My food dehydrator’s been cranking almost continually for the past few weeks and I intend to keep it going through the fall. Right now I’m drying herbs. I have fairly large stands of thyme, basil, rosemary, sage, oregano and marjoram at my disposal, so I’m shearing them every couple of weeks. I’m filling jars with plentiful herbs for cooking and gifts.
It’s been so long since I’ve purchased herbs, I thought I’d price dried herbs in the grocery store. I was totally shocked at how expensive they are. For example, a small one-ounce bottle of dried thyme was about $3.00. I have about a pound of thyme already dried, so that makes my thyme (and time) worth about $48.00!
Saves money and is fresher than storebought
Herbs are so very easy to grow and preserve that it seems a shame to waste money on purchasing them, especially because you don’t even know how fresh they actually are. By drying your own, you have the luxury of the freshest of herbs, and you can simply throw them away every year as you fill your jars with newly dried herbs.
Herbs are easy to grow
Almost all herbs except basil are extremely drought-tolerant, and they actually produce better flavor if somewhat stressed. So, find the harshest planting spot you have, and your herbs will thrive. They are all disease and insect resistant and need no fertilization or dividing.
If you don’t have a dehydrator, dry them in paper bags in a dry, airy spot out of direct light. The top of the fridge is ideal. Store dried herbs in glass jars in a dark cupboard.
Some herbs to try
Here are only a few – there are oh, so many more):
Dill is an annual herb with early pungent leaves followed by flowers and seeds which are all useful. Dried dill leaves and flowers are excellent flavorings for fish, potato salad and egg salad, and the seeds are classic for flavoring pickles. Try crushing the seeds and adding to rice pilaf with ground garlic – amazing! Let a few seeds scatter themselves and you’ll always have dill in the garden.
Thyme is a perennial, woody plant with tiny, tangy leaves. Shear the soft new growth. It will send up new growth that you can shear repeatedly through summer. Mix thyme with goat cheese for an outstanding spread for sandwiches or as a dip for fresh vegetables. Rub into a pork loin or beef roast. For a variation on a theme, seek out lemon thyme for a wonderful treat.
Basil is an annual herb that comes in every size and shape, from tiny spicy globe basil to huge sweet Genovese, the classic basil for pesto and bruschetta. This one does need lots of water.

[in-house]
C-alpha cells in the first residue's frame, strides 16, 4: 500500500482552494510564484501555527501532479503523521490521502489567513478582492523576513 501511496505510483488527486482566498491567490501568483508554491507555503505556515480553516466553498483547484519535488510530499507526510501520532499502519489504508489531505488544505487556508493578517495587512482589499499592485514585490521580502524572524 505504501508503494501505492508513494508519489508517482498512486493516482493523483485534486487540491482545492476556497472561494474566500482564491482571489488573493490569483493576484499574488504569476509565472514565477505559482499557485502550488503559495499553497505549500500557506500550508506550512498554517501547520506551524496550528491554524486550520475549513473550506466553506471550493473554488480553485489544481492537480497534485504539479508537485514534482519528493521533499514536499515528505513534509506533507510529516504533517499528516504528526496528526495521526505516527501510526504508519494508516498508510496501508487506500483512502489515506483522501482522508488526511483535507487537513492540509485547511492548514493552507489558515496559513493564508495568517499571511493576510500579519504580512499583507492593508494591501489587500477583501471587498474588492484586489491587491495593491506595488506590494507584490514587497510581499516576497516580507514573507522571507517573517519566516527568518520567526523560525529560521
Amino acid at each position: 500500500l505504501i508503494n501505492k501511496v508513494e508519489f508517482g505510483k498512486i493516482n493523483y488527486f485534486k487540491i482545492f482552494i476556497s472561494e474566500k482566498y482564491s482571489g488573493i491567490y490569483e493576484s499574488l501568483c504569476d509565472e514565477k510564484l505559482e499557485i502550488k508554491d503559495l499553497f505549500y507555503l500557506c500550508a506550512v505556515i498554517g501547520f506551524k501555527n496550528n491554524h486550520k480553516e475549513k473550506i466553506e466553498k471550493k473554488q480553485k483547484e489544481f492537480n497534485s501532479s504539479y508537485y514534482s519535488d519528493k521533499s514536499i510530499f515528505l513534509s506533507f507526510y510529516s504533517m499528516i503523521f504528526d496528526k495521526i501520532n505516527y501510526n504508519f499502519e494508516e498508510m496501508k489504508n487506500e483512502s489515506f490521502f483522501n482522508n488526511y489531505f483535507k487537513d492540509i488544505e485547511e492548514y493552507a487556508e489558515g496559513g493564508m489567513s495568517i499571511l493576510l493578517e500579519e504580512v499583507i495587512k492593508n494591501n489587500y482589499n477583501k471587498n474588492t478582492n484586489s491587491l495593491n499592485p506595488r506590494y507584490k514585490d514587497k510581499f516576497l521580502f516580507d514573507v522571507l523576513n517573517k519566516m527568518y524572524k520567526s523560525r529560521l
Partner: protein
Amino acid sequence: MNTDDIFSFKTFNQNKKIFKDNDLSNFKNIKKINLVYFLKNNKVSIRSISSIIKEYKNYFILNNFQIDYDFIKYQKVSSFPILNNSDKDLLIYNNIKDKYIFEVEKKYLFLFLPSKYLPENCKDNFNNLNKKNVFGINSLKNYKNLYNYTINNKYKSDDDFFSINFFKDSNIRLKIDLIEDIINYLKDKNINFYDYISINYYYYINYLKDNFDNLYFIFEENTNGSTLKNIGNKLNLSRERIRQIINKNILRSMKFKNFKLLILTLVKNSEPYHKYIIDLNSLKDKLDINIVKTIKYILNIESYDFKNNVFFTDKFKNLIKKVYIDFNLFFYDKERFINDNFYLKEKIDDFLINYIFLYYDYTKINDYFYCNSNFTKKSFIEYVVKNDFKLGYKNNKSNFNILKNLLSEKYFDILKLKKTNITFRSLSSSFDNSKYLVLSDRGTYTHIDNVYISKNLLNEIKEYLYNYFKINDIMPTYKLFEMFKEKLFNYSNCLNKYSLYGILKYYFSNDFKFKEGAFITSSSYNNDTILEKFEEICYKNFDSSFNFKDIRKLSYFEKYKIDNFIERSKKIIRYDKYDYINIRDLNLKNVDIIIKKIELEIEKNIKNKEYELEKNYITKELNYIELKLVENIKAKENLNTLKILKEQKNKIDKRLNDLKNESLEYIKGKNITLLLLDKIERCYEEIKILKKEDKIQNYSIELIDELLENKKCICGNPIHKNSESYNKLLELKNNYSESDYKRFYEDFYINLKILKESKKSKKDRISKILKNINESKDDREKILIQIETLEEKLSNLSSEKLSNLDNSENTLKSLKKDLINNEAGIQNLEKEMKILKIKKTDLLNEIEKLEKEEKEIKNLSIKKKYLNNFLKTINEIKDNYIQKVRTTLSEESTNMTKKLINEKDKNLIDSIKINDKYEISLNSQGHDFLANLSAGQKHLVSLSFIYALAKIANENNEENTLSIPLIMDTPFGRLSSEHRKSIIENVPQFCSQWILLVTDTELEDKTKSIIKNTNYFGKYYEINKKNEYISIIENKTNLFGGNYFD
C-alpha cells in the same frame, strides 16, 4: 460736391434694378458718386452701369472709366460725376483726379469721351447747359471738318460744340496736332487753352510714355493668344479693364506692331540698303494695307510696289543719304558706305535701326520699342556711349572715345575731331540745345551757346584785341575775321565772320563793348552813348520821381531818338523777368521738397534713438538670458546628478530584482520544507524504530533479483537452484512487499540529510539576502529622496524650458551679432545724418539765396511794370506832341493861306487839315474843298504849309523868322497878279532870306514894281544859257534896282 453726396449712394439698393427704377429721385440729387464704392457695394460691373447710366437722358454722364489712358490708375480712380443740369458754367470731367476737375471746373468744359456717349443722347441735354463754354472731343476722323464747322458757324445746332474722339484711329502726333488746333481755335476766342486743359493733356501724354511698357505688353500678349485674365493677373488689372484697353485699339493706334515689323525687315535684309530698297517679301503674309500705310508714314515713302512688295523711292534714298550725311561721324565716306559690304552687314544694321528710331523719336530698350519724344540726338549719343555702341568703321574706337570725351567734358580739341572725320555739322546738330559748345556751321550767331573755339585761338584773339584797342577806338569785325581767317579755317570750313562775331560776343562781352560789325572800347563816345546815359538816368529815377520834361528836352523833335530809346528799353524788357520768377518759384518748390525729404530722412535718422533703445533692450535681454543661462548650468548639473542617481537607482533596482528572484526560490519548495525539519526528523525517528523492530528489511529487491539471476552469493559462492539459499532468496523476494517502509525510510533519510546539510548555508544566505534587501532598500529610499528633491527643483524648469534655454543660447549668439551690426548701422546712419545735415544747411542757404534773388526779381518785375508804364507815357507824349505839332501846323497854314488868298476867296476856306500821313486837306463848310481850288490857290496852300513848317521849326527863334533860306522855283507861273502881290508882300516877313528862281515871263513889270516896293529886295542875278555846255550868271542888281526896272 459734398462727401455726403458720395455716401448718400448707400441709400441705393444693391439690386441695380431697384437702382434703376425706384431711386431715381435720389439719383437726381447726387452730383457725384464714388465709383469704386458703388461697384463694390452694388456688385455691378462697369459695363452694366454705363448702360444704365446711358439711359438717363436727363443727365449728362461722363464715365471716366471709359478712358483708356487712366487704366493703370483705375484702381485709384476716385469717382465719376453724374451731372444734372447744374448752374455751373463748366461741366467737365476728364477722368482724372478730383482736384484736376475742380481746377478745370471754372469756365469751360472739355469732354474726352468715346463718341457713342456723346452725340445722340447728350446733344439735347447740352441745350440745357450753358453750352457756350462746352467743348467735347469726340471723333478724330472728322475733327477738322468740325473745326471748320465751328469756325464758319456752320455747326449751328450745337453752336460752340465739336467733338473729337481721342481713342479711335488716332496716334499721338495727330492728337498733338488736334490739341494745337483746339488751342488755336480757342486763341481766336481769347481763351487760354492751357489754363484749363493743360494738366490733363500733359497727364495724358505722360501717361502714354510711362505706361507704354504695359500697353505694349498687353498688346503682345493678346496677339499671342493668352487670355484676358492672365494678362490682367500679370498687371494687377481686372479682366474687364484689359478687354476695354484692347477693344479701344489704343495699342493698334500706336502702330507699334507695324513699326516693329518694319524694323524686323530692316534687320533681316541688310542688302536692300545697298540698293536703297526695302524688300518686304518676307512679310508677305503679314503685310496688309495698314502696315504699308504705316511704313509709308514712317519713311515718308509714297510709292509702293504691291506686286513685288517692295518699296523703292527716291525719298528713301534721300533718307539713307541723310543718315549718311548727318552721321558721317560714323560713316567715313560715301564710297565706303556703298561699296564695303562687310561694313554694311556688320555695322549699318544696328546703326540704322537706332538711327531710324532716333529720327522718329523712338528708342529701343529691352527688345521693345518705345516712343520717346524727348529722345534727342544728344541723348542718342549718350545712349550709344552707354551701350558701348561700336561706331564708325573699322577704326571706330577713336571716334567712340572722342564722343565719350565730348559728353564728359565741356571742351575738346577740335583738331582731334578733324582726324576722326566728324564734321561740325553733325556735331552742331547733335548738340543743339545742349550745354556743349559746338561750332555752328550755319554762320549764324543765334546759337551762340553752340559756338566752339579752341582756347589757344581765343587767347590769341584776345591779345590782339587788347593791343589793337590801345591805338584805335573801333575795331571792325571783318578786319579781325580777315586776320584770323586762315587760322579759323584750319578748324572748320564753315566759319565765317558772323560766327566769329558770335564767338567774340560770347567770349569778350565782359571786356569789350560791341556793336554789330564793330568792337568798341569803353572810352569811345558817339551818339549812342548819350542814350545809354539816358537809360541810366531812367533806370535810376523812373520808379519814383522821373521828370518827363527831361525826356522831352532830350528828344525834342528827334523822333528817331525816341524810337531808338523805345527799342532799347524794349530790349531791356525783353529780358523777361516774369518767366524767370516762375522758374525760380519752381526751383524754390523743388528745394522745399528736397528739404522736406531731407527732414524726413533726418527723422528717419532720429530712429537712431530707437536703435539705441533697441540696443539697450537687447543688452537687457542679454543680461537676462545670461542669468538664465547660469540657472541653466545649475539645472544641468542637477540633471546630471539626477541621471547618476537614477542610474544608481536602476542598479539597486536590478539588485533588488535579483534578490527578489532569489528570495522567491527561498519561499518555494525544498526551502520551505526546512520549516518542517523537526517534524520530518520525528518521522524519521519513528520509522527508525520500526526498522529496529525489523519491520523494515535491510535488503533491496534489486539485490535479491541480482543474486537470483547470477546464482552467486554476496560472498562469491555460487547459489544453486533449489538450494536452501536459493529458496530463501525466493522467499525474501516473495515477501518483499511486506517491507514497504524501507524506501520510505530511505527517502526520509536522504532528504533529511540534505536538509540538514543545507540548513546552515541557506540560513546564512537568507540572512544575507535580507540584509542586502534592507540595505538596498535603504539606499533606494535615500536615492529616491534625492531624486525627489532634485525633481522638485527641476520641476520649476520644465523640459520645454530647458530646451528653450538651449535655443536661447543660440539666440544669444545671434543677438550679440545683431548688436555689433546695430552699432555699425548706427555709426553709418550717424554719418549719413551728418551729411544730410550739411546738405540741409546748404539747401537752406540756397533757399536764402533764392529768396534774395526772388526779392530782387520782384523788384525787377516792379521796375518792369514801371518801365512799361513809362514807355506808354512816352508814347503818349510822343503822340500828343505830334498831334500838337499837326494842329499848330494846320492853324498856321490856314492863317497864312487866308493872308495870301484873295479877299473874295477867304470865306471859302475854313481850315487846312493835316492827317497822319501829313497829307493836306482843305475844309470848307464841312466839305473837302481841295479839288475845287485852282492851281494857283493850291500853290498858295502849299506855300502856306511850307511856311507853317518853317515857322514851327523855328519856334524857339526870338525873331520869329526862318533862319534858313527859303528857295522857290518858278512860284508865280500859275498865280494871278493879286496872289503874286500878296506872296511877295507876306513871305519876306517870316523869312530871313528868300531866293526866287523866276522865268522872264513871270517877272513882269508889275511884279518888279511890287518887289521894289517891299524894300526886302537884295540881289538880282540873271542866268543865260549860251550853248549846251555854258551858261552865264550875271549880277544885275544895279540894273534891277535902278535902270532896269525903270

Chives – perennial oniony herb with leaves and flowers for drying. Pull apart blossoms and dry the individual florets. Add to a baked potato or top focaccia with them.
Lemon verbena has become a favorite. Tea made from the dried leaves is delicious. I’ve always grown it as an annual in the midwest, but here in the south, I’m hoping it will be perennial.
Rubs and marinades
One of my favorite things to do with dried herbs is to combine them in marinade or grilling rub mixes. Mixing them up ahead of time makes delicious dinner prep pretty easy.
You can use these as a dry rub for grilling meat or vegetables by brushing with olive oil and sprinkling with grilling mix.
For a marinade, add a tablespoon to ¼ cup olive oil and ¼ cup vinegar of choice. Mix in zip lock bag with chunks of potatoes, zucchini, peppers, green onions, etc. Let marinate for 30 minutes. Grill vegetables; heat leftover marinade and pour over vegetables. If you marinate meat, brush with the marinade while grilling but discard any left over.
Basic Grilling Mix
1 T. oregano
1 T. basil
1 t. garlic powder
1 t. thyme
For specialty mixes – start with the basic grilling mix and add the ingredients listed. Feel free to add other herbs and seasonings to make it your own.
Mint Herb Mix
Use on potatoes, lamb or fish
1 T. mint
1 T. marjoram
1 T. tarragon
1 t. lemon balm
Italian Herb Mix
Use for pizza on the grill, on grilled potatoes for potato salad, on chicken breasts
1 t. rosemary
1 t. chili flakes
Herbed Ranch Mix
Use on salmon, grouper or mahi mahi, grilled potatoes, zucchini, yellow squash
1 T. dill
1 T. ground black pepper
For meats, vegetables and potatoes
1 t. sage
½ t. ground chili (or to taste)
1 T. paprika
1 t. rosemary
1 t. black pepper